I have owned The Power since April this year but have only just got round to reading it. At first I was as excited about the concept as everyone else but it also worried me. The idea that Naomi Alderman has taken conventional gender roles and flipped them was inevitably going to interest me. However, I thought there was too much potential for this to go down a violent road that I wasn’t that keen on. I’m happy to describe myself as a feminist and think the fight for gender equality is an important and difficult struggle. I just don’t agree with the kind of militant feminism that exists in certain quarters that believes anger is the answer. I understand there has been a somewhat violent and extreme nature to the feminist movement but times have moved on. We’re not going to get real gender equality with an “eye for an eye” attitude. We don’t need to teach men what we’ve been going through by doing it to them; we just need to teach men to be better. The only people that a more aggressive fight for women’s rights is helping are the so called “meninists” who like to make out feminists hate men.
So I’ve just finished the first episode of Season 7 of Game of Thrones and I have so many thoughts buzzing through my brain. Which is why I’m not trying to get an early night ahead of my 7 am start tomorrow morning. Instead I wanted to write a quick post in response to yesterday’s announcement about the new Doctor Who as there has been so much controversy. Naturally, people have a lot of feelings on the matter… but that’s hardly new. Every regeneration has had some amount of hatred. Even the amazing Peter Capaldi still has his doubters as I discovered today when a female coworker proudly proclaimed that she hated him. I really had to bite my tongue at that moment. Capaldi has suffered because of terrible writing but has done wonders with the character. His version of the Doctor is one of the best we’ve had in years but his stories haven’t served him well enough. I have nothing against Matt Smith or David Tennant but Capaldi tried to do something different with the character and I will defend him to anyone. I imagine that the people who dislike him are also the same stupid people that fail to accept that Donna was the best companion. I reckon they’re all fans of David Tennant and Billie Piper and just can’t move on. Speaking of moving on…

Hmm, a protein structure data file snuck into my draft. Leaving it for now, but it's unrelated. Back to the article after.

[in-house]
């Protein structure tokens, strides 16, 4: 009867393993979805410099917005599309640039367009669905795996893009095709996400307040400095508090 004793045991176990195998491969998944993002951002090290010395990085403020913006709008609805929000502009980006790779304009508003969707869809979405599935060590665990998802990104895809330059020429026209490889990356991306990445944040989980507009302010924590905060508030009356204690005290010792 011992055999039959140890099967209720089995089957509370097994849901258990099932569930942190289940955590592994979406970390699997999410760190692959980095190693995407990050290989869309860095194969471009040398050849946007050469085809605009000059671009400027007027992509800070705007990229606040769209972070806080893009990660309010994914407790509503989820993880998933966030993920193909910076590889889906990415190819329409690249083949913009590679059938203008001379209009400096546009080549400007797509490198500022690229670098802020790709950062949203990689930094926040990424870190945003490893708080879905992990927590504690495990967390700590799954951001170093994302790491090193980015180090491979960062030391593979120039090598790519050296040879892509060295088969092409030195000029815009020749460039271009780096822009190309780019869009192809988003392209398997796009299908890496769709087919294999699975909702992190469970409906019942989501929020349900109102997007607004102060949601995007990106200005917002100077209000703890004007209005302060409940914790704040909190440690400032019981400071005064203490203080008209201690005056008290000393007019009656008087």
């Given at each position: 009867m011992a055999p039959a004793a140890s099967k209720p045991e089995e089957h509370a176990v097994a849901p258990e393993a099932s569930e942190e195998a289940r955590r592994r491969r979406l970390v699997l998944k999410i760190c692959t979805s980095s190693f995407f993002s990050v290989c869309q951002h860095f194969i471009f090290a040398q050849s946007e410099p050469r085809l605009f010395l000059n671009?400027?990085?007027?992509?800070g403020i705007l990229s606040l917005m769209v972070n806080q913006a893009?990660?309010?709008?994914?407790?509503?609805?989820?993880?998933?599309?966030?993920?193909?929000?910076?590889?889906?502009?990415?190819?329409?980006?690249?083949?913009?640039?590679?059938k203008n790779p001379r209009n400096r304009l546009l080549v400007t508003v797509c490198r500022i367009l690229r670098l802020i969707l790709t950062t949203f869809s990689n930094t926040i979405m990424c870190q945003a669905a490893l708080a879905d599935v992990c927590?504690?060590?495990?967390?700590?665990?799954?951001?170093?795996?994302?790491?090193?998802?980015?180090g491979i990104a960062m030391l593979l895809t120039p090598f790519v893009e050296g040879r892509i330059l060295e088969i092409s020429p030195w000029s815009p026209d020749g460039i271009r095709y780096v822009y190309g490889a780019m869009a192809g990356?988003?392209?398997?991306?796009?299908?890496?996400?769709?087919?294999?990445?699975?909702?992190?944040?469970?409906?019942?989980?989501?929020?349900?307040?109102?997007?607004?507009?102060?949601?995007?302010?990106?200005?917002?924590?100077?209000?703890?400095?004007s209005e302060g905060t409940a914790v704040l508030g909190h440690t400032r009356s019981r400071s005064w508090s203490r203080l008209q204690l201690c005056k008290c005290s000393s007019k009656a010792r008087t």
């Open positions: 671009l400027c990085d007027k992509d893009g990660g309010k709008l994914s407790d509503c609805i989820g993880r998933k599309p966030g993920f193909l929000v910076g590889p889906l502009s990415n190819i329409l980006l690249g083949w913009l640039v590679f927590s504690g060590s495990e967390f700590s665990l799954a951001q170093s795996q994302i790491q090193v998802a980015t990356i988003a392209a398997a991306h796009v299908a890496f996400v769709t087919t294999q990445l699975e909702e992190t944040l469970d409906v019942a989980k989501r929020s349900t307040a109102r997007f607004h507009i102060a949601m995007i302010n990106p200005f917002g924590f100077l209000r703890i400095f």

After the men’s finals as Wimbledon yesterday, the BBC annonced that Jodie Whittaker will take over from Peter Capaldi and become the next Doctor Who. Yes, the new Doctor is a woman and I’m pissed off. Why? Because I wanted to be the first female Doctor. But I’m not an actor and have never wanted to be so that’s fucking crazy. So, putting those jealous feelings to one side, I’ve decided I’m okay with it… but I have some provisos. As a proud feminist, I’m all for better representation of women on television and better roles for women. As a fan of pop culture, I’m also all for making sure this happens organically and not for the sake of it. I understand why people are so excited that after 50 plus years the Doctor will be played by a women but I also worry about permanently tying the news to some sort of political benchmark. It should be about making sure the transition is handled correctly. Which is where I really worry.
In my opinion, Doctor Who has been steadily declining in quality since the fourth season. That’s not to say before then was all stellar but it’s undoubtedly gone to the dogs since Russell T’s final episodes. I can barely remember anything about Matt Smith’s first two series and the first two with Capaldi were abysmal. Moffat can crank out astonishing one-off episodes but, when it came to his time as showrunner, he’s allowed a lot of shitty episodes to make their way on screen. If Jodie Whittaker’s entrance is handled that same way Matt Smith or Peter Capaldi’s were then we’re in trouble because she’ll fail to make an impression. If the switch is handled for laughs then it will play into the naysayers hands. Whittaker needs to be given a well-defined and new characterisation of this well-known character. It’s going to be tricky.